Marc Lamont Hill, one of the leading hip-hop generation intellectuals in the country, will speak at 7 p.m. on Feb. 10 at the Alumni Hall of the Indiana Memorial Union. His free lecture, "Civil Rights Movement and Today's Struggle for Equality," is being presented by Union Board and is open to the public.
Hill has written and provided commentary on a variety of topics, including hip-hop culture, politics, education and religion, for outlets such as National Public Radio, The Washington Post, Essence magazine and The New York Times. He has been a frequent political contributor for Fox News Channel and Black Entertainment Television. Prior to joining Fox News, Hill was a regular guest on CNN, MSNBC and CourtTV.
A nationally syndicated columnist, his writing appears weekly in Metro Newspapers and in a daily blog on his Web site, www.MarcLamontHill.com.
He is co-author of Beats, Rhymes, and Classroom Life: Hip-Hop Pedagogy, and the Politics of Identity and the co-editor of Media, Learning and Sites of Possibility and The Anthropology of Education Reader. He is currently completing two manuscripts: Knowledge of Self: Race, Masculinity, and the Politics of Reading; and You Ain't Heard It From Me: Snitching, Rumors and Other People's Business in Hip-Hop America.
Last fall, he joined the faculty of Columbia University as an associate professor of education, and he is also affiliated with the university's Institute for Research in African American Studies.
Other observances at IU will include:
- The IU African American Choral Ensemble will give two performances -- at 12:30 p.m. Feb. 3 in the atrium of the IU Wright Education Building and at 4 p.m. Feb. 7 in Auer Hall of the IU Jacobs School of Music. The theme for the Feb. 7 performance is "A Celebration of Spirituals," and a reception will follow it.
- The IU School of Education is again sponsoring the "African American Read-In," which will begin at 10 a.m. Feb. 1 in the Grand Hall of the Neal-Marshall Black Culture Center, 275 N. Jordan Ave. For more information, send an e-mail to firstname.lastname@example.org.
- The Neal-Marshall Black Culture Center will host its annual Black Knowledge Bowl at 6 p.m. on Feb. 24 in its Grand Hall. Teams of undergraduate contestants will be questioned about aspects of African American life, culture and history. There is no fee to compete. Student teams interested in participating can pick up the registration forms in the center's office in room A226. Forms must be submitted by 5 p.m. on Feb. 12. For more information, send an e-mail to email@example.com.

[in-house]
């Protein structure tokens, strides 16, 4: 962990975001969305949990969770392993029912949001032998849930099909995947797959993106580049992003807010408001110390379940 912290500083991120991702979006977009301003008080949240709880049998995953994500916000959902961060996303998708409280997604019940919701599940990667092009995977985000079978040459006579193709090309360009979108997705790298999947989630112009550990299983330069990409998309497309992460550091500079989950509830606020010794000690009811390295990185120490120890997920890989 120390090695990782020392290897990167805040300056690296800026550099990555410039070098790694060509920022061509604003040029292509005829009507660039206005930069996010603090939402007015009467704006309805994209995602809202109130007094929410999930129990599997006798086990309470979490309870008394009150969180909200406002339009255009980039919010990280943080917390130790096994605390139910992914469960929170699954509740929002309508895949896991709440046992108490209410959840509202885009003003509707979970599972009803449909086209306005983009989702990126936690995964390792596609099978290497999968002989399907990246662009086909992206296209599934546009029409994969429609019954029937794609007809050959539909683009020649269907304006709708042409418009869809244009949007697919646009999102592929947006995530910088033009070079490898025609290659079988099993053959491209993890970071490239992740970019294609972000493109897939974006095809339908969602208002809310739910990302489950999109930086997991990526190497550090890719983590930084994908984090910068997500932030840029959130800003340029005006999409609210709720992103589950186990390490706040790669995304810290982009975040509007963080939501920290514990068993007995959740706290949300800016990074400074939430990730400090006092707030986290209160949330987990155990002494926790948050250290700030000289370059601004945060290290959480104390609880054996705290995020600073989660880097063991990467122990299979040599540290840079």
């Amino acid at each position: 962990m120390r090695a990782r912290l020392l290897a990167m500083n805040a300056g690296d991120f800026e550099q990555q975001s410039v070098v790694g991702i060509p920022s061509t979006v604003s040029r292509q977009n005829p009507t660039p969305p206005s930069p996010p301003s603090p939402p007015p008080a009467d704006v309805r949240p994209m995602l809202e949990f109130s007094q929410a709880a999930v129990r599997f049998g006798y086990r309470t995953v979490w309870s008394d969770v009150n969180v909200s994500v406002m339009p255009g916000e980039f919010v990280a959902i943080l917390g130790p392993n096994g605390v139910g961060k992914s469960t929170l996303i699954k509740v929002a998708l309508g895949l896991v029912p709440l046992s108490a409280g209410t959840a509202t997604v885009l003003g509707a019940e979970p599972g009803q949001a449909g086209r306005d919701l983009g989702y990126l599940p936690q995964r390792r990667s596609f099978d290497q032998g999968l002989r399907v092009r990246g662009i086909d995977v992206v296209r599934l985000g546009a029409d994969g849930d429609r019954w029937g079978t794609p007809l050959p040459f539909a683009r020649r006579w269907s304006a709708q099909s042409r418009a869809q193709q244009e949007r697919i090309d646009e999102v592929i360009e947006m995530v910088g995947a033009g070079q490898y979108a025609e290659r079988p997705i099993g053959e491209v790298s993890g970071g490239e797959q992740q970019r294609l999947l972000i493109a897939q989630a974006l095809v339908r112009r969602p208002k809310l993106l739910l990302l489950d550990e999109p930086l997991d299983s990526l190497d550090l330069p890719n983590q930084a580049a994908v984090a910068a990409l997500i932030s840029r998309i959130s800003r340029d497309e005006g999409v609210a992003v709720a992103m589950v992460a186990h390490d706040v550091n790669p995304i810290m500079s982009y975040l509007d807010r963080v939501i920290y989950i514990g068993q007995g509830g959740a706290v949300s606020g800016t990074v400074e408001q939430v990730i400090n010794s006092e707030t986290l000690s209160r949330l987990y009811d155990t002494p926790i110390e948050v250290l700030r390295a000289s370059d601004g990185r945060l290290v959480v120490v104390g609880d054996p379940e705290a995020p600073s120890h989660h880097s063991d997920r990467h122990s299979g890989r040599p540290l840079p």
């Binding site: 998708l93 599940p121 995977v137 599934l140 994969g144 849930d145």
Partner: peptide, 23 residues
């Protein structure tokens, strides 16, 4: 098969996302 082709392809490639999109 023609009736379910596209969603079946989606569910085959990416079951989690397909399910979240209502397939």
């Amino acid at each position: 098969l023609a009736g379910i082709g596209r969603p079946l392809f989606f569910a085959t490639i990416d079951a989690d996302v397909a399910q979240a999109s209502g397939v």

- A showcase of African American dance and a closing reception for Black History Month will begin at 7 p.m. on Feb. 27 at Willkie Auditorium, 150 N. Rose Ave. The showcase culminates a two-day dance workshop held Feb. 26-27 by IU's African American Arts Institute, African American Dance Company and Department of African American and African Diaspora Studies. While there is a registration fee to participate in the workshop, there is no charge to attend the dance performance. For more information about the dance workshop, visit the AAAI Web site at http://www.indiana.edu/~aaai/.
- David Baker, director of the Jazz Studies Program in the IU Jacobs School of Music, and Keith McCutchen, director of the African American Choral Ensemble, will perform as part of the program "Theolonius Monk Revisited" on Feb. 23 in room A201 of the Neal-Marshall Black Culture Center. The presentation will offer an overview of Robin D.G. Kelly's book, Theolonius Monk: The Life and Times of an American Original, and include a discussion about Monk's life and music. It will include a live performance by the Monk Collective. The event is part of the "Readings in Race" series.
- The FASE Mentoring Program again will host an art fair, with the theme, "Expressions of the Soul." Submissions may include ceramic art, paintings, photography, conscious rap, spoken word and musical performance. Submissions are due by Feb. 8. The fair will take place from 6:30 to 8:30 p.m. Feb. 10 in room 619 of Eigenmann Hall, 1900 E. 10th St. Call 812-855-3540 for more information.
- Creole artist and poet Nydia Taylor Auchter, who portrays the people of the Caribbean coast of Nicaragua in her works, will give a talk at 7 p.m. Feb. 4 at La Casa Latino Cultural Center, 715 E. Seventh St. Her exhibit will be on display until Feb. 26.
- The Thomas I. Atkins Living-Learning Center is sponsoring a talent showcase at 4 p.m. on Feb. 13 at Willkie Auditorium, 150 N. Rose Ave.